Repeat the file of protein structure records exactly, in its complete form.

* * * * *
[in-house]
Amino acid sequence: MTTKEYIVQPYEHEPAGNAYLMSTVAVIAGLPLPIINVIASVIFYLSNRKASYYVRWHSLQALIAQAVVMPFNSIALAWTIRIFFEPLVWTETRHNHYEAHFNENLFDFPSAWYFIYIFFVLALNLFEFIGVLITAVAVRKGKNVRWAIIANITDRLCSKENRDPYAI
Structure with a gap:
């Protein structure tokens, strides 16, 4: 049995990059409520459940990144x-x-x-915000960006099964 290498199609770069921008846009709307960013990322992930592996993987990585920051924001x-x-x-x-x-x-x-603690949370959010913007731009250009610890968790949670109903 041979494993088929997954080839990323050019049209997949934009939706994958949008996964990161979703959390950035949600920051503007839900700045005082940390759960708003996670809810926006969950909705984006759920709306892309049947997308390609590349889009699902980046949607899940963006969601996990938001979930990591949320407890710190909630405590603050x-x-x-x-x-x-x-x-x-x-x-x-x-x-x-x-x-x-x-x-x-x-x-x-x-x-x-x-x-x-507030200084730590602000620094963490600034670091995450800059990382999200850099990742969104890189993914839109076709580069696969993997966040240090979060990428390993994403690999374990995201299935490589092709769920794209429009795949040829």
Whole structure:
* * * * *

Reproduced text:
[in-house]
Amino acid sequence: MTTKEYIVQPYEHEPAGNAYLMSTVAVIAGLPLPIINVIASVIFYLSNRKASYYVRWHSLQALIAQAVVMPFNSIALAWTIRIFFEPLVWTETRHNHYEAHFNENLFDFPSAWYFIYIFFVLALNLFEFIGVLITAVAVRKGKNVRWAIIANITDRLCSKENRDPYAI
Structure with a gap:
């Protein structure tokens, strides 16, 4: 049995990059409520459940990144x-x-x-915000960006099964 290498199609770069921008846009709307960013990322992930592996993987990585920051924001x-x-x-x-x-x-x-603690949370959010913007731009250009610890968790949670109903 041979494993088929997954080839990323050019049209997949934009939706994958949008996964990161979703959390950035949600920051503007839900700045005082940390759960708003996670809810926006969950909705984006759920709306892309049947997308390609590349889009699902980046949607899940963006969601996990938001979930990591949320407890710190909630405590603050x-x-x-x-x-x-x-x-x-x-x-x-x-x-x-x-x-x-x-x-x-x-x-x-x-x-x-x-x-x-507030200084730590602000620094963490600034670091995450800059990382999200850099990742969104890189993914839109076709580069696969993997966040240090979060990428390993994403690999374990995201299935490589092709769920794209429009795949040829």
Whole structure: